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Example of a Schiaparelli zip (Victoria and Albert Museum) T.393-1974

Example of a Schiaparelli zip (Victoria and Albert Museum) T.393-1974

Advantage in Vintage: I think one of the biggest misconceptions out there with relation to vintage clothing is that plastic zips didn’t exist before the late Fifties. WRONG. Today I will show you some different zips and ways of spotting particularly early ones, as this is always greatly useful in dating vintage clothing.

The zip as we know it today was actually first patented in 1913, although it wasn’t not really used for fashionable clothing until the Thirties. Zips before the Thirties were metal, although in the early Thirties a number of companies began to experiment with using celluloid (plastic) to make zips.

Schiaparelli was a pioneer in the early usage of zips. She used both metal and plastic zips although they were primarily plastic. One of the key reasons for her use of plastic zips was a lucrative deal in 1933 with Harry Houghton of the Lightening faster company to use plastic zips in her clothing. Schiaparelli used them not just as a fastening device but a decorative component.

When I visited the exhibition of her work at the Met museum last year I was surprised to notice quite how heavy duty the zips on her light and feminine evening dresses were. It is interested to note that the zips she used varied according to the country the garment was to be sold in. In London she used lightning zips (as shown in the advertisements on the right), although in Paris she used zips by the brand Éclair.

 Advertisement for Schiaparelli lightning zip 14 April 1937


Advertisement for Schiaparelli lightning zip 14 April 1937

1930s plastic zip

1930s plastic zip

1940s advertisement for a plastic lightning zip (note: a lot of early zips did not have a zip pull on them like we see today)

1940s advertisement for a plastic lightning zip (note: a lot of early zips did not have a zip pull on them like we see today)

1950s metal zip

1950s metal zip

Mid 70s maxi dress with a metal zip- see also the care label which denotes it as a 70s item

Mid 70s maxi dress with a metal zip- see also the care label which denotes it as a 70s item

1980s skirt in a 50s style with nylon zip. It’s unsual to see a zip like this that is this late- this type of zip was mostly used in the 50s and 60s, but this skirt can be dated by its characteristic 1980s C&A label!

1980s skirt in a 50s style with nylon zip. It’s unsual to see a zip like this that is this late- this type of zip was mostly used in the 50s and 60s, but this skirt can be dated by its characteristic 1980s C&A label!

As a general rule though the majority of zips found in clothing between the Thirties and mid to late Fifties were metal, but this is not a hard and fast rule. Some companies were still widely using metal zips well into the Seventies.

Nylon zips too are an interesting one. It is rare to see a Fifties dress with an original nylon zip, but from time to time you do find them, particularly on lighter weight dresses where a metal zip would have probably looked incongruous. Today, garments tend to have what we call a nylon coil zip; this is particularly uncommon before the late Fifties as nylon wasn’t actually invented until 1935.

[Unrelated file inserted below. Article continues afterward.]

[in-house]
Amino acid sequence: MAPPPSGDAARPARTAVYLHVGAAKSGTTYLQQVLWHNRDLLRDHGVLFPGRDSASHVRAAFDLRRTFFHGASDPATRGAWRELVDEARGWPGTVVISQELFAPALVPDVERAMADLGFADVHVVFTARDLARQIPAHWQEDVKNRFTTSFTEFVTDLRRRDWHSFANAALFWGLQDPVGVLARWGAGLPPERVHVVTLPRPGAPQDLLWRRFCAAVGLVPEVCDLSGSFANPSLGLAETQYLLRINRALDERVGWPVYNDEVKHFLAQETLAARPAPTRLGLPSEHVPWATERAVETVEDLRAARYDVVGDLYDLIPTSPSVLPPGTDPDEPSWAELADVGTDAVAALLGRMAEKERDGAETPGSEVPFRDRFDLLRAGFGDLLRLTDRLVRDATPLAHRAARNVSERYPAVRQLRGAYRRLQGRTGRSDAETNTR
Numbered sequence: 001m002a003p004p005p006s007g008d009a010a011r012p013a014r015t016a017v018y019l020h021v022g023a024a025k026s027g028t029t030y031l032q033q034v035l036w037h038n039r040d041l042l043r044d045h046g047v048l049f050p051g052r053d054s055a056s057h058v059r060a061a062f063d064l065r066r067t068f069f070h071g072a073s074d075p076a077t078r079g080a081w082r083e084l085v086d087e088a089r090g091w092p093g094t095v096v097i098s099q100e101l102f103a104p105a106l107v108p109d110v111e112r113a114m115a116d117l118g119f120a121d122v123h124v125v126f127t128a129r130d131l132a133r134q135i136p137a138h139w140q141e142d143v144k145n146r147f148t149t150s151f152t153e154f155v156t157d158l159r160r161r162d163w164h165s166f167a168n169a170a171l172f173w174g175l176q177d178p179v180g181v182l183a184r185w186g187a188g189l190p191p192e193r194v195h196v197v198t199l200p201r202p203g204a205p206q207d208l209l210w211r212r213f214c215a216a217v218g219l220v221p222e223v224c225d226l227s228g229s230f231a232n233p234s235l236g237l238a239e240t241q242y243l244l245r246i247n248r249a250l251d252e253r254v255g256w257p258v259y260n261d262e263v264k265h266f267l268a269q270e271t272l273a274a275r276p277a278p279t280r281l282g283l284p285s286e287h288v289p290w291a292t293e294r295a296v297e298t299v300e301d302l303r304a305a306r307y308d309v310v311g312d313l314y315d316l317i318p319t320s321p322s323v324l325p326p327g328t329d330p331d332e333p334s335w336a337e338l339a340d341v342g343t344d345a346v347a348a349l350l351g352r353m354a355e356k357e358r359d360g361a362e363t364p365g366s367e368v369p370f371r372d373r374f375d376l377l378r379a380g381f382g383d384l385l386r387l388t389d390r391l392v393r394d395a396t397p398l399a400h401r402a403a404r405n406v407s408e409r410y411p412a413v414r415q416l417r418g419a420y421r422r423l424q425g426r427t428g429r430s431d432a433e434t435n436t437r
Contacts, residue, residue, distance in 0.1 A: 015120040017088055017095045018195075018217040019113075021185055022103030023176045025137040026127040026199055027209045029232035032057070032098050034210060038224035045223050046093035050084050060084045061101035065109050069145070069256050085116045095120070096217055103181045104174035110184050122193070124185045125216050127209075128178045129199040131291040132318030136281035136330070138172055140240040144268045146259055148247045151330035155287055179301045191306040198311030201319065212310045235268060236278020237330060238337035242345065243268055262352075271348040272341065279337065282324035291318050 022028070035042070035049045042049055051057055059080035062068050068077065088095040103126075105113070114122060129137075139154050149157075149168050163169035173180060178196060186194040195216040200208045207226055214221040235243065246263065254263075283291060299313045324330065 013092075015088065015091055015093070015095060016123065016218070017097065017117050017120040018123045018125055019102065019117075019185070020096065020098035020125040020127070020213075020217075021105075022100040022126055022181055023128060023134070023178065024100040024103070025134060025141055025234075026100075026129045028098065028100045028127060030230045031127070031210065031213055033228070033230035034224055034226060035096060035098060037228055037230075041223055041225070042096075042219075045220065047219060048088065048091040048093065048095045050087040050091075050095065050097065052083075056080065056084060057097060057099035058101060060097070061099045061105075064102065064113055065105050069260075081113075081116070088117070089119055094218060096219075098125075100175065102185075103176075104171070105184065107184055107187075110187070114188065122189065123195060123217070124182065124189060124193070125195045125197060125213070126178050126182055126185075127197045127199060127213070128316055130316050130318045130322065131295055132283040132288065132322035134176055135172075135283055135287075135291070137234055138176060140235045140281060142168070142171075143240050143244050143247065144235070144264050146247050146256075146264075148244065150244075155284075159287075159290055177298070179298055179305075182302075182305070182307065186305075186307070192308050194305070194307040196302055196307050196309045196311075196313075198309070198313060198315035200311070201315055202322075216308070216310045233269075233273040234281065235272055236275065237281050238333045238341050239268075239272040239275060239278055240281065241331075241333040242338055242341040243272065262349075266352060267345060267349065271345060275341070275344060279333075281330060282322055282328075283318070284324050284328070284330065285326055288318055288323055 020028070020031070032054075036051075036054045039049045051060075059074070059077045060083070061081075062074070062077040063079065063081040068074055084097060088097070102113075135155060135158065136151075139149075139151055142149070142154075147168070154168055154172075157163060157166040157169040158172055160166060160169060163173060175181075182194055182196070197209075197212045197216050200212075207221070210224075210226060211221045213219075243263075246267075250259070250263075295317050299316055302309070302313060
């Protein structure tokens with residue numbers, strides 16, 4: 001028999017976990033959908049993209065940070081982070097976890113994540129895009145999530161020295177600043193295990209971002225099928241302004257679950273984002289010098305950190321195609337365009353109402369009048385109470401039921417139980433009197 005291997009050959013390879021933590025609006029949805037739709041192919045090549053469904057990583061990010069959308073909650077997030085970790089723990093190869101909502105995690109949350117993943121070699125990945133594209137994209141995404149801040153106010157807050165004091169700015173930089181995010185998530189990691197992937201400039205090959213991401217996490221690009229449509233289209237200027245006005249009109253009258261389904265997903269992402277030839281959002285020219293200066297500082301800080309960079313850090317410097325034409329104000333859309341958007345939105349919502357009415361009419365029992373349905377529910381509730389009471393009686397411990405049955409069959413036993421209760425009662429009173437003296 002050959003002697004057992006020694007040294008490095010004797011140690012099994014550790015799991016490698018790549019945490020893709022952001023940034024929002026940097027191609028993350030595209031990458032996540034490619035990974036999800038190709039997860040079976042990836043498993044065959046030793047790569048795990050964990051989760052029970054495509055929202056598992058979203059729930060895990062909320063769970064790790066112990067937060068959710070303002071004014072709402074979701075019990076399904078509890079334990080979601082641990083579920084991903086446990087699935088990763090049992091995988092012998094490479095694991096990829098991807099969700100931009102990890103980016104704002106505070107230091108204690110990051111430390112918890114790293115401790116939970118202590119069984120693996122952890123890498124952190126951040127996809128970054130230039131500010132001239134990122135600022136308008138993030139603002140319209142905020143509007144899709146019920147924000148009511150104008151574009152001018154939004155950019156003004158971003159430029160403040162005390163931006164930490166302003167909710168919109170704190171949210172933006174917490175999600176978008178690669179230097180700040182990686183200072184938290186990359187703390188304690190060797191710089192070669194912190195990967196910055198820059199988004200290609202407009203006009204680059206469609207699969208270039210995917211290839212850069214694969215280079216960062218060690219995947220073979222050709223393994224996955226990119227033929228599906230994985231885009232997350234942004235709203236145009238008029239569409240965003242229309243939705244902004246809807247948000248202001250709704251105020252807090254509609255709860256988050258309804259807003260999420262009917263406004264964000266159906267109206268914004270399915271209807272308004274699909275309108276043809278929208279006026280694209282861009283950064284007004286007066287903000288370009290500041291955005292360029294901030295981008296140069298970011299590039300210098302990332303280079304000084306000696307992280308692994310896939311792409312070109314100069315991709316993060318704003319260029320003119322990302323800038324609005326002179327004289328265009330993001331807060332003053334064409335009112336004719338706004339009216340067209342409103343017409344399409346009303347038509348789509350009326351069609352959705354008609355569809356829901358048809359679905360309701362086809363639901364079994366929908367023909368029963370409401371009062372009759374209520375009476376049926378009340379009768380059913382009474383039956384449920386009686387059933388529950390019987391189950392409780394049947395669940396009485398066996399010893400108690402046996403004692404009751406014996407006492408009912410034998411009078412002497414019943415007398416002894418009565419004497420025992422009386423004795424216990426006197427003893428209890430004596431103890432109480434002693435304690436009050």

The reason why the nylon zips took a long time to catch on is partly due to their un-reliability. Therefore, whilst it is common to see advertisements for nylon zips from the mid Fifties onwards, it is not often you find dresses with them. I tend to find that there were a few specific companies that were producing their garments with nylon zips relatively early on. One good example is Rhona Roy. I have had five or six dresses by the brand, all with nylon zips and all dating from the late Fifties.

A good way to work out whether the zip in your garment is original or not is to assess the stitching around it. Does it match the rest of the dress?

I hope this trip into zips has been useful and informative, and if you are interested in helping to ascertain whether your zip is original or not, please do feel free to contact me!

If you want to know any more information about dating vintage clothing I highly recommend this highly useful section on the Rainbow Valley Vintage website.

Advantage in Vintage Advantage In Vintage is Liz Tregenza, a vintage collector and fashion historian.
Not only does Liz love vintage but also the social history connected to the clothes.

Liz primarily collects garments from the Forties and Fifties and has a passion for novelty print textile

6 Responses

  1. Catherine

    Great article Liz. Dispels a lot of zip myths. I think it’s fair to say there are very few garments that can be definitively dated by one clue. One has to put together a picture based on all sorts of details: I look at printed and woven labels a lot – fonts & colour often give me the steer I need.

    Reply
  2. Helga

    Excellent article! I learnt quite a bit.
    I am purple with envy over Liz’ Horrockses frock.

    Reply
  3. Carol

    Lovely site so glad jaycotts sent me the link. also envious of the Horrockses Frock

    Reply

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